This week, Princeton Council heard a presentation on a new town-wide, cart-based, pick-up program for landfill waste and organics. The proposal, which is for residents, aims to reduce fees paid at landfills while lowering the town’s carbon footprint. Consultant Wayne DeFeo, who has been advising the municipality on trash and recycling issues, spoke, as did Sustainable Princeton’s executive director Christine Symington. DeFeo said the proposed five-year waste removal program would not replace the current system of every-other-week recycling pickup. But the weekly collection of trash would be more efficient. Residents would be issued a 64-gallon standardized can, or 32-gallon if requested. These standardized containers can be picked up mechanically, allowing for automated or semi-automated collections and lower labor costs.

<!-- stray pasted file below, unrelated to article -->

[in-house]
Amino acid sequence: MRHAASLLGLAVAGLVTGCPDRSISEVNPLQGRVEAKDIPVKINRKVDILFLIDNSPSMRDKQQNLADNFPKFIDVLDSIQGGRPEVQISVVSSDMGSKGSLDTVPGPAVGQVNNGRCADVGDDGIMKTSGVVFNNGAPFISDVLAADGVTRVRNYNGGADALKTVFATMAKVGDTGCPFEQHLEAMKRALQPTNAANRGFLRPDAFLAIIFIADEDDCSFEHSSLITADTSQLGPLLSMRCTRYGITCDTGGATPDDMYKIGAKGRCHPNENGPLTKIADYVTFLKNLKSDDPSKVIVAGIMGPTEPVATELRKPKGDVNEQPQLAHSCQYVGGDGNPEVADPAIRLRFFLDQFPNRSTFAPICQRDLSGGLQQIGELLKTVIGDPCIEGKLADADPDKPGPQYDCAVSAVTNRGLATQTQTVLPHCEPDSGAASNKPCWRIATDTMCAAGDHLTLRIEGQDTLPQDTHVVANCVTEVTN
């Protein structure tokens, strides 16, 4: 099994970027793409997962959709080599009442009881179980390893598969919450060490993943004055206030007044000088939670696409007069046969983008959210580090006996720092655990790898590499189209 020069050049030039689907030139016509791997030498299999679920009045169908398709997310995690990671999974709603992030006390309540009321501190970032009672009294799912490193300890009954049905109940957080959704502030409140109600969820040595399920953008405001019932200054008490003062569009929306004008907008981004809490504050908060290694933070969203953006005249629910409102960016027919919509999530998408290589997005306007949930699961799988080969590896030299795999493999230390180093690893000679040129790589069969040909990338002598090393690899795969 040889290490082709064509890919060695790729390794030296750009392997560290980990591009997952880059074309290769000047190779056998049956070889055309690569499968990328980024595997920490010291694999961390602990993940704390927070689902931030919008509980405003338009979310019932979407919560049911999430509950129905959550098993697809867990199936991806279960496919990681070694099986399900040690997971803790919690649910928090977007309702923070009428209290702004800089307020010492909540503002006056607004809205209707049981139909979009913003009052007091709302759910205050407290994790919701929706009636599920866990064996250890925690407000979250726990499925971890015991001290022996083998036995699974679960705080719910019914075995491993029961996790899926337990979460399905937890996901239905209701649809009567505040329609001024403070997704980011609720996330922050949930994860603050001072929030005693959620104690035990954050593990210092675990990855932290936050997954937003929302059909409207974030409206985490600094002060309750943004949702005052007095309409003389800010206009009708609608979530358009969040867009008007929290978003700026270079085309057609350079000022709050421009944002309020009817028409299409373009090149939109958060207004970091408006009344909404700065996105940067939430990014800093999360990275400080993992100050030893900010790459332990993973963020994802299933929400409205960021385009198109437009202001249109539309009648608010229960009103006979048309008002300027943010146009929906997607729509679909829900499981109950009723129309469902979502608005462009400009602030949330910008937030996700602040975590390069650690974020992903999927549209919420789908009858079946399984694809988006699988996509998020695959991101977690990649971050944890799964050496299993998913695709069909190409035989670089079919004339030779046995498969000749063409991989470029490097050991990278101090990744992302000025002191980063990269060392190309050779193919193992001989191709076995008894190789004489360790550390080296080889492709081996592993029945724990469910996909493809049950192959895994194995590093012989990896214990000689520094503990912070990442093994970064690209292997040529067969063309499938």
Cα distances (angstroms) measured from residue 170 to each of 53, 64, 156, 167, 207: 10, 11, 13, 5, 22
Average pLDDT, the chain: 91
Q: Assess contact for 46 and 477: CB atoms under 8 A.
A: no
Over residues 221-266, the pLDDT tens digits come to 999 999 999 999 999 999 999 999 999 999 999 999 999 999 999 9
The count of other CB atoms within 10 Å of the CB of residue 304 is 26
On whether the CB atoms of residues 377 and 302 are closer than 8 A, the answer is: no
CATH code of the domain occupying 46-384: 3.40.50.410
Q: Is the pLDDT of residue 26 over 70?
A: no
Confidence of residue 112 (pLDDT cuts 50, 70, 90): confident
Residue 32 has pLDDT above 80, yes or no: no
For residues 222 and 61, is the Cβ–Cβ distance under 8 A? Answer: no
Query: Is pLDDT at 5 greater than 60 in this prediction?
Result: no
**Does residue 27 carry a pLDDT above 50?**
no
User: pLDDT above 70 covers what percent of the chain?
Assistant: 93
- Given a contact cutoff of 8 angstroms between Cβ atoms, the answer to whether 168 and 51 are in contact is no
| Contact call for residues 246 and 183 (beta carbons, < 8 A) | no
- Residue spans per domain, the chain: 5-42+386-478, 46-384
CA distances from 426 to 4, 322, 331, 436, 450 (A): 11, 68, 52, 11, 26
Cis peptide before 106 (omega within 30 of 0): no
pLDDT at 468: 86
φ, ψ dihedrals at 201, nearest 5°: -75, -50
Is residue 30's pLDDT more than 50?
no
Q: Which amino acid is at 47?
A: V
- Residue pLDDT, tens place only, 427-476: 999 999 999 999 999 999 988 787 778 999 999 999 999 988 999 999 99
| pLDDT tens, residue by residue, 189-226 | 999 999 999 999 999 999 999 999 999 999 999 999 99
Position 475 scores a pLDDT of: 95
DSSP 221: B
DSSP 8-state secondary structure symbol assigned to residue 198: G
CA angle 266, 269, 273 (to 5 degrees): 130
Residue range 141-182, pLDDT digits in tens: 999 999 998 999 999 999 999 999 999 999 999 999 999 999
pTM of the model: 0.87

Thanks to the increased volume of residential trash because of the pandemic, and a shrinking labor pool, costs for waste pickup have soared in recent years. “More volume at the curb means more people are needed to pick it up, more trucks, and higher costs,” DeFeo said. “Labor is a nightmare in the solid waste industry right now.”
In New Jersey, costs have risen to about 40 to 150 percent higher than what they were, DeFeo added. “In a recent bid in Atlantic City, they were thrilled to only receive a 45 percent increase,” he said. “They took measures to contain the increase in price, and that’s what is being suggested here.”